Why digital communication means more – not less – contact with patients
In 2014, NHS England committed to delivering a ‘paperless’ NHS by 2020. At that time, 60 per cent of UK citizens had a smartphone and 84 per cent of adults used the internet, but only two per cent of the population reported any digital interaction with the NHS. At Imperial College Healthcare NHS Trust, we’ve moved to mostly digital patient records over the past six months. We’re now preparing to offer patients the choice to receive their appointment letters via email instead of through the post. And we’re leading the development of a Care Information Exchange which will give patients access to key aspects of their records through a secure online portal, allowing them to take a greater role in managing their own health and care. Here, head of systems solutions John Kelly explains our digital achievements so far and the potential of these initiatives to help us deliver more efficient, collaborative care.
For a long time now, you have been able to do your banking, shopping and travel bookings online if you choose. When it comes to your healthcare, you’re generally obliged to go back to paper records, letters and phone calls. But this is changing.
Digital health records
At Imperial College Healthcare NHS Trust, we have moved from mostly paper records to mostly digital health records for our patients over the past six months. Paper records can only be in one place at one time, whereas patients may have multiple conditions and be seen by different clinical teams at any one of our five hospitals. Now if a consultant is asked for an opinion on a patient, they can access the record from wherever they are. And the legibility of doctors’ handwriting ceases to be an issue!
Once you have digital records, other improvements start to become possible. When you have your blood pressure, pulse and temperature taken on a hospital ward, the usual process has been for the results to be written down and then transferred into your records. Now, a combination of wireless technology and digital records allows those measurements to go straight from the monitor into your record. This increases accuracy and gives the healthcare professional precious extra time to devote to patient care. For a task that is repeated many times each day, it is surprising how minutes quickly add up into hours and days of saved time. In the first five months of using these wireless monitors, we calculated that 1,408 hours of clinical staff time were directly released for patient care, and this total is building every month.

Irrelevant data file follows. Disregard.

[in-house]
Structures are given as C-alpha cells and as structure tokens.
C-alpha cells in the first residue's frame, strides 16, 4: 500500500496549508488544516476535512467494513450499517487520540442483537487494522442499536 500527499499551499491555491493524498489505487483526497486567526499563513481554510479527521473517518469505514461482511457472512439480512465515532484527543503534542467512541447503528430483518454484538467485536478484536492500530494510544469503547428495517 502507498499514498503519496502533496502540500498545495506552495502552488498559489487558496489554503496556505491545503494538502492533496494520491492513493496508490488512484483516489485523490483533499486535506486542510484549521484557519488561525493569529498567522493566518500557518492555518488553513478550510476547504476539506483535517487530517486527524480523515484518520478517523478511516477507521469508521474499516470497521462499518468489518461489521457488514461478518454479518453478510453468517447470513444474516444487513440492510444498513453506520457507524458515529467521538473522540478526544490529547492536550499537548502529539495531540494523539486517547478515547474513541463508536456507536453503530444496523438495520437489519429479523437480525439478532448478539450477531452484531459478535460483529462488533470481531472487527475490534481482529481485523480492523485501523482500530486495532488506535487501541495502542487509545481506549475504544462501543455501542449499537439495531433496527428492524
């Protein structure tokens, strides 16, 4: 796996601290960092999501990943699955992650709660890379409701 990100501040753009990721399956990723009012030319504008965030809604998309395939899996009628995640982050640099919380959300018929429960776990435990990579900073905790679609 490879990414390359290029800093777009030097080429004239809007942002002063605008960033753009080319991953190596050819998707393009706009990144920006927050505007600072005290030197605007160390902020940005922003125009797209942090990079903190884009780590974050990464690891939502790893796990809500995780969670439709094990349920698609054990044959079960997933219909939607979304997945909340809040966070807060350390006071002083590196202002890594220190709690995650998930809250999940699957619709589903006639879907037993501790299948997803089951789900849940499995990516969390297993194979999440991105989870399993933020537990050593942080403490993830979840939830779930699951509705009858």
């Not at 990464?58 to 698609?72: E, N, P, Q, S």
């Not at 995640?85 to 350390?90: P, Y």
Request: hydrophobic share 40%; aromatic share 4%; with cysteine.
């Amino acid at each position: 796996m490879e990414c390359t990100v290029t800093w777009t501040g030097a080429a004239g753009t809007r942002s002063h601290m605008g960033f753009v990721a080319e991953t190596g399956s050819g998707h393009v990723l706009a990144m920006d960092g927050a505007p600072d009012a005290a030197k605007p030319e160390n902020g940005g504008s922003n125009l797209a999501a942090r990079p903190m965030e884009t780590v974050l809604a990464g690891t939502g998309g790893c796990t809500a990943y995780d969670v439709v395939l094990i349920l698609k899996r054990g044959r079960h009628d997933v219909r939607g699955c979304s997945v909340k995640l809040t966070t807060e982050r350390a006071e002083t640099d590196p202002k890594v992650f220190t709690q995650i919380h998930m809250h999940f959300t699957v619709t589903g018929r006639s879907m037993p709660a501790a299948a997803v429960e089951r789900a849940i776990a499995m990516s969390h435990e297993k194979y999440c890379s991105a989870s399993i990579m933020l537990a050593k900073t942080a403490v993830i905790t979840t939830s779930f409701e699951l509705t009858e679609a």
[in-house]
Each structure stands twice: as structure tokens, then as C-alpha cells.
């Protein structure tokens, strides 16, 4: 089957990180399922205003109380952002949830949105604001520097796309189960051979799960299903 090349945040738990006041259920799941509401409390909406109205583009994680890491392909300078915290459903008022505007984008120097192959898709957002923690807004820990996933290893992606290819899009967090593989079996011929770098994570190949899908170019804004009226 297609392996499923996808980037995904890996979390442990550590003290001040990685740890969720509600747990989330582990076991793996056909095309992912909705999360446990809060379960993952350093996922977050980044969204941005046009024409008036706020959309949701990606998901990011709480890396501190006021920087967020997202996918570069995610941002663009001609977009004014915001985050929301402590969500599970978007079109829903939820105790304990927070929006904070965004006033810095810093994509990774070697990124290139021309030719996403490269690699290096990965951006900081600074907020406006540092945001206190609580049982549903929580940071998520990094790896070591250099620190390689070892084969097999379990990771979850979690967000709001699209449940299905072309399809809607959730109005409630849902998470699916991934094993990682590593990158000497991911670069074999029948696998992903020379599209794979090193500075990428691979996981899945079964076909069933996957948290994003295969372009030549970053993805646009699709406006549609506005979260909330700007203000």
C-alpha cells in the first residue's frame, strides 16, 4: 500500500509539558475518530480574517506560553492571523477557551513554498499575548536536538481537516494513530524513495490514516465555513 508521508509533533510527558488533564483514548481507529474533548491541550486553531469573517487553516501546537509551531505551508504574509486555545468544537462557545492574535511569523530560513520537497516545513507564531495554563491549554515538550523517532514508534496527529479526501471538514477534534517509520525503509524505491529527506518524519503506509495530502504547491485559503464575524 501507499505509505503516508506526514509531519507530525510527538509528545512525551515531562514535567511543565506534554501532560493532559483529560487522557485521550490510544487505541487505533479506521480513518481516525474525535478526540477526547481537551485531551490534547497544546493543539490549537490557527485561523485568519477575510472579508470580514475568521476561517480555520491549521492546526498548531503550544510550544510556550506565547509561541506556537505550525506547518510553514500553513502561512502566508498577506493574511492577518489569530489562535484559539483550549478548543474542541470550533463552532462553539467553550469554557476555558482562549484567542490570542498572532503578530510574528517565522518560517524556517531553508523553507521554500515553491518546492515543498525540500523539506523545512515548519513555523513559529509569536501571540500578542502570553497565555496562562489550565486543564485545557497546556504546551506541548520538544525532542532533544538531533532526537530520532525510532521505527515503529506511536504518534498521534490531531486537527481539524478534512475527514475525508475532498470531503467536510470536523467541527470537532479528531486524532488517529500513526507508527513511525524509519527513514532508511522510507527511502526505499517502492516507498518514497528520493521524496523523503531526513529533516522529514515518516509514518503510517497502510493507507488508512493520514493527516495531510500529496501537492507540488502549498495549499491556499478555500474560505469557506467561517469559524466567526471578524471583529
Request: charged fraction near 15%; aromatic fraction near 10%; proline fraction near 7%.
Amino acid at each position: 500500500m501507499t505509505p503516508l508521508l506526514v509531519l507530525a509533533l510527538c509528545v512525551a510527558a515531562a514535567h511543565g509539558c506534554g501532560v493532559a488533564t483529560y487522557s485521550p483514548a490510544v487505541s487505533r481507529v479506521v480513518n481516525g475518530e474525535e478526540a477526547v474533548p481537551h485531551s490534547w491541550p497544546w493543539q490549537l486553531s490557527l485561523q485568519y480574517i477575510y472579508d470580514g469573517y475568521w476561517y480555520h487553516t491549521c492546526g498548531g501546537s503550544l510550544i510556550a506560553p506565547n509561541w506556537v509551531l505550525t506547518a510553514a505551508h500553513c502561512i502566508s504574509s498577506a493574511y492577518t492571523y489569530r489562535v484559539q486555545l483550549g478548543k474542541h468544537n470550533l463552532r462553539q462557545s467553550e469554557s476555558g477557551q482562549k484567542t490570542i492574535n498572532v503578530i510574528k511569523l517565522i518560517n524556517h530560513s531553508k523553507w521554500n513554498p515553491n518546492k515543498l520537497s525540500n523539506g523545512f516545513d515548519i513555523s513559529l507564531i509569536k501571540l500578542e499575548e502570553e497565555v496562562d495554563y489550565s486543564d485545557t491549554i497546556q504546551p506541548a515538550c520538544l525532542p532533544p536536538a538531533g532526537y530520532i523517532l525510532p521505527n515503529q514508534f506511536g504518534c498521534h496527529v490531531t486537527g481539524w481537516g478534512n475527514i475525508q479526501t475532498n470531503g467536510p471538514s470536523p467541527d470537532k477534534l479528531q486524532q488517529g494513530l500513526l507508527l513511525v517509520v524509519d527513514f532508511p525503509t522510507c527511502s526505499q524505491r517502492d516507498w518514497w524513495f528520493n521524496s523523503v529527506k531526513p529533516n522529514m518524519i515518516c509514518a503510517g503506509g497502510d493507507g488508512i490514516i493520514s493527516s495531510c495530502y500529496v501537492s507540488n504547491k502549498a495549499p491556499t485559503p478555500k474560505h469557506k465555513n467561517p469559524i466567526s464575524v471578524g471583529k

Communication with patients
The usual way to inform a patient about the time and location of an outpatient appointment is by letter. But printing and posting appointment letters is slow. From the booking of the appointment to the letter going through your letterbox can take a week or more. To improve on this, we are starting to offer letters by email. At many of our outpatient clinics you can avoid the queue by telling staff you have arrived via a check-in screen. You can also make sure we have the right address and telephone number. The next step is for the check-in screen to let you give us your email address and have your appointment letters emailed rather than posted. This will save money and the letter will arrive in seconds rather than days. If you have email on your phone, you will always have the letter with you when you arrive for your appointment.
Managing your records
We believe secure digital technology can be used to facilitate more collaborative working relationships between patients and healthcare professionals. That’s why we’re introducing a new platform called the Care Information Exchange thanks to funding from Imperial College Healthcare Charity. The Care Information Exchange provides secure online access to health records for both patients and professionals.
We are starting to sign up patients in selected services to get access to appointments information, blood test results and x-ray reports on the Care Information Exchange. This will give patients their appointments and test results from our Trust in one place. Patients can share the record with other health and care professionals and, if they choose, with relatives or carers. It gives patients the assurance that everyone involved in their care can access their current health records at their discretion.
Having up-to-date information about their care can help patients to become more involved in managing their own health and can help avoid the inconvenience of attending appointments which are not really necessary. Other pilot projects are in preparation including in partner health and care organisations across north west London. You can find out more about this new system at the Care Information Exchange website.
Managing your health is not yet as easy as managing your bank account online, but we’ve made some real progress, especially over recent months. The real opportunity, though, is ensuring we use the efficiencies we gain to invest in building stronger partnerships between our clinicians, patients, carers and families.
Watch this video to find out how we use wifi in our hospitals